In my physics class, they had a competition in which students had to write an essay on any physics topic they’d like. The instructors would choose one paper from each class as a winner to be published on the Full Sail blog. Below is a link to the blog as well as the essay.
The Great Reveal
It was another typical day at work, fighting sleep. Harsh fluorescent light reflected off of the paperwork scattered across my desk. The bright glare pierced my eyes, flooding the canals of my brain, creating a dull headache. All I could focus on was the prospect of going home. Unfortunately, I still had 2 hours of work left. I slumped deep into my chair and placed my hands over my eyes. I could hear the rattling from the poorly maintained ventilation system hidden by the aged drop ceiling tiles overhead. As if resigning to my fate, my arms dropped to meet those of my chair and my neck bent at a near perfect ninety degree angle. Eyes affixed on the ceiling, I let out a sound that fell somewhere between a sigh and a grunt. The fluorescent bulbs buzzed tirelessly above me. As I stared up at the lighting fixture, I remembered something I’d once read.
When a light switch is flipped on, electrical current is sent to two electrodes at each end of the fluorescent bulb. The voltage causes atoms to dart through the inert gas within the tube. The energy of this action causes the mercury within the tube to change from liquid into gas. The charged electrons collide with the mercury gas. As the atoms crash into each other, the electrons get bumped up to a higher orbital and then snap back, thus creating a light photon. Mercury is used because of it’s high tendency to release light photons. The problem is that mercury releases light in a wavelength that our eyes cannot register, this is where the phosphor comes into play. A phosphor is a substance that emits light when it is exposed to light. So, when the light photons from the atoms hit the phosphors in the tube, white light is given off.
My thoughts that day weren’t merely about the inner workings of fluorescent lighting, as interesting as they may be. I was recalling a book I’d read about dark energy. Dark energy is, in theory, a force that physicists believe may be the culprit behind the accelerating expansion of our universe. While it is almost certain dark energy is at work, no one can figure out exactly how it works. So, we have fluorescent lighting and a theoretical form of energy that is causing our universe to expand at an increasing rate. At this point, you probably think I’ve lost track of what I’m writing, but bear with me.
The jump of electrons from one orbital to another that occurs within fluorescent lighting is a form of what is called a quantum vacuum fluctuation. A quantum vacuum fluctuation is, basically, a spontaneous change of energy on the quantum level. In 1948, Hendrick Casimir performed an experiment in which he placed two metal plates in close proximity to each other within a vacuum. Due to the plates being so close to each other, there were more quantum vacuum fluctuations outside of the metal plates than between them. The interesting part is that the energy from the fluctuations outside of the plates, actually pushed the plates closer together, this is called the Casimir effect. This experiment proved that the energy from quantum vacuum fluctuations could actually create force. Physicists believe that the energy created by quantum vacuum fluctuations could potentially be the dark energy that is causing our universe to expand. Astrophysicist Zel’dovich Yakov actually went as far as to say that dark energy could be caused by gravitational interaction between the vacuum particles.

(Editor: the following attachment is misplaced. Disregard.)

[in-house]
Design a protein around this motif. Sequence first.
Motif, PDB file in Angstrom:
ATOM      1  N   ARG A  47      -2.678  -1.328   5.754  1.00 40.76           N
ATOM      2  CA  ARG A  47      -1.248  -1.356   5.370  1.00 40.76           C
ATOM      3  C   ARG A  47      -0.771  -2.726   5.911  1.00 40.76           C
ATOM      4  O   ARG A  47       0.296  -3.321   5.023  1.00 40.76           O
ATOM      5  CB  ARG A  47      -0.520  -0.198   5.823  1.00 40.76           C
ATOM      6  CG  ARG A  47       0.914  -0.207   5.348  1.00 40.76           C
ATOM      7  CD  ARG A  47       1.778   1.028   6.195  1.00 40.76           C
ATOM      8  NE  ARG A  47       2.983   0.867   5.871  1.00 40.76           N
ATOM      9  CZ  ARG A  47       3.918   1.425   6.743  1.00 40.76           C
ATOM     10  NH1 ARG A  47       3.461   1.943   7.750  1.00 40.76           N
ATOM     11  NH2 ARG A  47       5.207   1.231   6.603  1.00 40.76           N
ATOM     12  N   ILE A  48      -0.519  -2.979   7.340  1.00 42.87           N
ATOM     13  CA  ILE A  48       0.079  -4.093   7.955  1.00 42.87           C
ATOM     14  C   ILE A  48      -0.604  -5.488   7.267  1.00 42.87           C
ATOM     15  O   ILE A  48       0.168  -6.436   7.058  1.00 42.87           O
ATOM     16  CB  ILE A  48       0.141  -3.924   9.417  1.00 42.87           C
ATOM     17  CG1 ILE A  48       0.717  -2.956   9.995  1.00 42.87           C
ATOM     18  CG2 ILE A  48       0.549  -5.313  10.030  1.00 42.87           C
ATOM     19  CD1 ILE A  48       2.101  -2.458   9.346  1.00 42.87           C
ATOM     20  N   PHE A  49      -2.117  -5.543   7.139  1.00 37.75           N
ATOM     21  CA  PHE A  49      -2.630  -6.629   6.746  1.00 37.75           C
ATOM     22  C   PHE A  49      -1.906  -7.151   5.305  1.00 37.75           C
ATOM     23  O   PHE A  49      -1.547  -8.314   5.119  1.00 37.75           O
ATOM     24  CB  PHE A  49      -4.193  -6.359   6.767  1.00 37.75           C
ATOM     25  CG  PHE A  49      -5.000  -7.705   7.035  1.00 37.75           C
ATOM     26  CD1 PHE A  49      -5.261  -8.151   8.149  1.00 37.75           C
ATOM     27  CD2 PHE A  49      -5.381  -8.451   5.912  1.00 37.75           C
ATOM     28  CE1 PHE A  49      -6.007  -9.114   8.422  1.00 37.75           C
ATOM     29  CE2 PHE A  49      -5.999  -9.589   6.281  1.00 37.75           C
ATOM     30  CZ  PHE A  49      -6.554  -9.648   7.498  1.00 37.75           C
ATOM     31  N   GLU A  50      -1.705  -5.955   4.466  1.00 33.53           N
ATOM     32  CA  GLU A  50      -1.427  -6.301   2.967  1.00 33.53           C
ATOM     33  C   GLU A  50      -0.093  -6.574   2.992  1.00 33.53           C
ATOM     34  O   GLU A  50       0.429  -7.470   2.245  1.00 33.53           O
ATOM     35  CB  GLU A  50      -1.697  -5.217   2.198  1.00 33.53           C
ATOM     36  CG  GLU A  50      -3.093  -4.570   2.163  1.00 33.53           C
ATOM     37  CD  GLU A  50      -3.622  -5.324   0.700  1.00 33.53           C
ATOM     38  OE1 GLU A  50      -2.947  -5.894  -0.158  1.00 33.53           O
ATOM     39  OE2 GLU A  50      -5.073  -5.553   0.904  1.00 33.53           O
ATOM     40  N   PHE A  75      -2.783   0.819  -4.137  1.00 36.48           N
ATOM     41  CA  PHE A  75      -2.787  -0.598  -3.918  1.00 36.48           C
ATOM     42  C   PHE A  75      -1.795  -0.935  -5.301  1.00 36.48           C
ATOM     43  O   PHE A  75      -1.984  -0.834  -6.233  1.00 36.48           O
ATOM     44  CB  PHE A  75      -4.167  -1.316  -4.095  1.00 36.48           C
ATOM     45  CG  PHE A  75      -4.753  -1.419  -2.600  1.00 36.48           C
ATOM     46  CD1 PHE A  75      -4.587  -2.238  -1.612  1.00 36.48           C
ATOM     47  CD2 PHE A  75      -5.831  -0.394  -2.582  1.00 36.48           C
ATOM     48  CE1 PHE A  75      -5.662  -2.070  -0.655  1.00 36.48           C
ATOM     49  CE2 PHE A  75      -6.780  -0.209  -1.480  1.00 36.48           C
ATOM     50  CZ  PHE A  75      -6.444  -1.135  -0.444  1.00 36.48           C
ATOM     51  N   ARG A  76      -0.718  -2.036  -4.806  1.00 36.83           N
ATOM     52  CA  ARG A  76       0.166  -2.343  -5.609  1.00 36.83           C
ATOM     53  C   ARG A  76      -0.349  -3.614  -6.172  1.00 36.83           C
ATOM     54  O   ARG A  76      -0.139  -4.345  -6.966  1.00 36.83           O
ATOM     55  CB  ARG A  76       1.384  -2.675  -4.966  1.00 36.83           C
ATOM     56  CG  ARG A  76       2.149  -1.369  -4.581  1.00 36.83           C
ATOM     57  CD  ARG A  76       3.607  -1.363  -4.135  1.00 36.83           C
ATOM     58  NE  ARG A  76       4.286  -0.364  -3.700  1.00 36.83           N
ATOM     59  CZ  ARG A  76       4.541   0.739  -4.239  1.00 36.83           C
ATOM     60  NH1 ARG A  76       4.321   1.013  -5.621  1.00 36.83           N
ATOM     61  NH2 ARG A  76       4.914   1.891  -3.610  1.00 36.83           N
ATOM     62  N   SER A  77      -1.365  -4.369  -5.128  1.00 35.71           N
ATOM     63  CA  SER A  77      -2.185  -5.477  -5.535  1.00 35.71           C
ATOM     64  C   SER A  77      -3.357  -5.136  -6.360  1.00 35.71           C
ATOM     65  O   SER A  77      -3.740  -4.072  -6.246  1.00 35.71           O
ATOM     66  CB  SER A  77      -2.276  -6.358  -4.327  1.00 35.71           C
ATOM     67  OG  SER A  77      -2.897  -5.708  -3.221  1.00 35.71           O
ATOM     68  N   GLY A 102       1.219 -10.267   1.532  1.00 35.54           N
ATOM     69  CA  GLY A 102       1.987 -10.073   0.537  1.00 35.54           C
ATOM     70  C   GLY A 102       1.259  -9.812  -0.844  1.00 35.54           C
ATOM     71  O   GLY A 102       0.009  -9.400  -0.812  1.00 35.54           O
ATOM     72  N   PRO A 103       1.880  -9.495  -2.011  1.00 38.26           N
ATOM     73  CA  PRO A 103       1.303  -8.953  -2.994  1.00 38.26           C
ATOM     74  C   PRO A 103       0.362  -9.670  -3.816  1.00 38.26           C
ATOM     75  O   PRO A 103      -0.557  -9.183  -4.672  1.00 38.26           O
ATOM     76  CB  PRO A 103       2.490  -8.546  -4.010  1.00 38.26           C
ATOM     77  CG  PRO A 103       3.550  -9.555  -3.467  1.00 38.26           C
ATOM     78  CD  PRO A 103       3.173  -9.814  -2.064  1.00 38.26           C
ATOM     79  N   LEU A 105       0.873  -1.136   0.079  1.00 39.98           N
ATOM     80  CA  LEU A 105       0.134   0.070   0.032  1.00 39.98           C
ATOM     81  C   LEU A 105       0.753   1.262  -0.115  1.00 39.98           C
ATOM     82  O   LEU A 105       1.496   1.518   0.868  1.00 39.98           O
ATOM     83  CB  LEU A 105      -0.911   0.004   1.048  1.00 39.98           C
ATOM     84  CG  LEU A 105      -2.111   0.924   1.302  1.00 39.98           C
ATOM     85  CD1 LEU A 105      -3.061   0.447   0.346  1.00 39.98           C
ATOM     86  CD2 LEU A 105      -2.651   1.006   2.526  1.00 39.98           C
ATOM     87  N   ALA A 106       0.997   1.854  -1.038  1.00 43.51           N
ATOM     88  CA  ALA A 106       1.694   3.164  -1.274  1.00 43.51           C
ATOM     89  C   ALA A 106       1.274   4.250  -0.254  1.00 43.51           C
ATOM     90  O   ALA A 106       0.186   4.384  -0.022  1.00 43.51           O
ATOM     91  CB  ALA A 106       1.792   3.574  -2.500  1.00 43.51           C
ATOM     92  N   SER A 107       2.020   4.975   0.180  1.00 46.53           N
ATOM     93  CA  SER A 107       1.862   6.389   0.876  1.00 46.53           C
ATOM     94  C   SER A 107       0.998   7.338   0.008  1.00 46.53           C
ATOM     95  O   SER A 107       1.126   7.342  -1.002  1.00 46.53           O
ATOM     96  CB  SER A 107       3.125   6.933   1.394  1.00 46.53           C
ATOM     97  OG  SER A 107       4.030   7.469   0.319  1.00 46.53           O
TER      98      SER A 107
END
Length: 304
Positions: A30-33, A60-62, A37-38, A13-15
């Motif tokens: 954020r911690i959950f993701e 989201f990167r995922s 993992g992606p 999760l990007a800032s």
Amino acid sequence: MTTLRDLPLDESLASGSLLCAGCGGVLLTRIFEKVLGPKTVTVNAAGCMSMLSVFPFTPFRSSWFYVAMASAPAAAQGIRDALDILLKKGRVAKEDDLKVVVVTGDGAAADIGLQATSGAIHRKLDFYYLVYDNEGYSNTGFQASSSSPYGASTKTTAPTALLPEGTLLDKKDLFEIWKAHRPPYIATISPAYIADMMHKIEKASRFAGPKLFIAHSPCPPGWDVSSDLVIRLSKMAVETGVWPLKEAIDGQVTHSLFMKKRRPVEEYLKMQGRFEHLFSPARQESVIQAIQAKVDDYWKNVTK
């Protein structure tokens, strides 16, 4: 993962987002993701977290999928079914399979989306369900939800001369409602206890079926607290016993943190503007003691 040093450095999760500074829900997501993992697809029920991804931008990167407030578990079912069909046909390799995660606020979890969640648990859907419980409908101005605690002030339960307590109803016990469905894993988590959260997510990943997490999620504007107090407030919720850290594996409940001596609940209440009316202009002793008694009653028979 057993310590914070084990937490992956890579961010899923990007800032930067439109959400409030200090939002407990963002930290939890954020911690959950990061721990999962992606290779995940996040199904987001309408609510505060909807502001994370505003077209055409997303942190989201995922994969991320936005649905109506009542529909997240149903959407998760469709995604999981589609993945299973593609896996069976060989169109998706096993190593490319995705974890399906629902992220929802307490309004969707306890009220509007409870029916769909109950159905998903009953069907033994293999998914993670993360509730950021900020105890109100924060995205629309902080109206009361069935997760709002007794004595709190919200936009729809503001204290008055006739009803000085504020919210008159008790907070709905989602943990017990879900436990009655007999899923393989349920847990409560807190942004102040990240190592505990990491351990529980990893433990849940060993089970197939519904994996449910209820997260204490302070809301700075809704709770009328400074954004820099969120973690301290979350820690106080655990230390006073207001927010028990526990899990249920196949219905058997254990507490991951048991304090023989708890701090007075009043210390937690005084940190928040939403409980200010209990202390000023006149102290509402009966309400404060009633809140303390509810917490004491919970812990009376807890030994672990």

Those are some very big concepts that are very poorly and compactly explained as I am not a physicist, luckily the exact science is not the point of all of this. I stared at the fluorescent lighting that I had just cursed for contributing to my headache and I thought about the vacuum particles that could be creating the dark energy that is making our universe unfathomably larger. I thought it astounding how something that I stare at every day could have a connection to something so large and mysterious as dark energy. Life can easily become mundane when we get stuck in a routine. That day served as a reminder that we live in an amazing, confounding and exciting universe. Writer Arthur C. Clarke said, “Any sufficiently advanced technology is indistinguishable from magic.” I believe that this concept applies to any form of science that we cannot understand. If that’s the case, then we are an audience to the universe’s greatest magic tricks, searching for each sleight of hand and trapdoor. Though, we may never know how these tricks are performed, our universe is a captivating spectacle that we get the privilege to witness every day.
Brooks, M. (2008). 13 things that don’t make sense: the most baffling scientific mysteries of our time. New York: Vintage Books.
Matthews, R. (2005). 25 big ideas: the science that’s changing our world. Oxford: Oneworld
Reucroft & Swain (1998, June 22). What is the Casimir Effect?. ScientificAmerican.com. Retrieved February 20, 2014, from http://www.scientificamerican.com/article/what-is-the-casimir-effec/.
Strassler, M. (2013, August 29). Quantum Fluctuations and Their Energy. ProfMattStrassler.com. Retrieved February 20, 2014, from http://profmattstrassler.com/articles-and-posts/particle-physics-basics/quantum-fluctuations-and-their-energy/.
Harris, T. (2001, December 7). How Fluorescent Lamps Work. HowStuffWorks.com. Retrieved February 20, 2014, from http://home.howstuffworks.com/fluorescent-lamp.htm.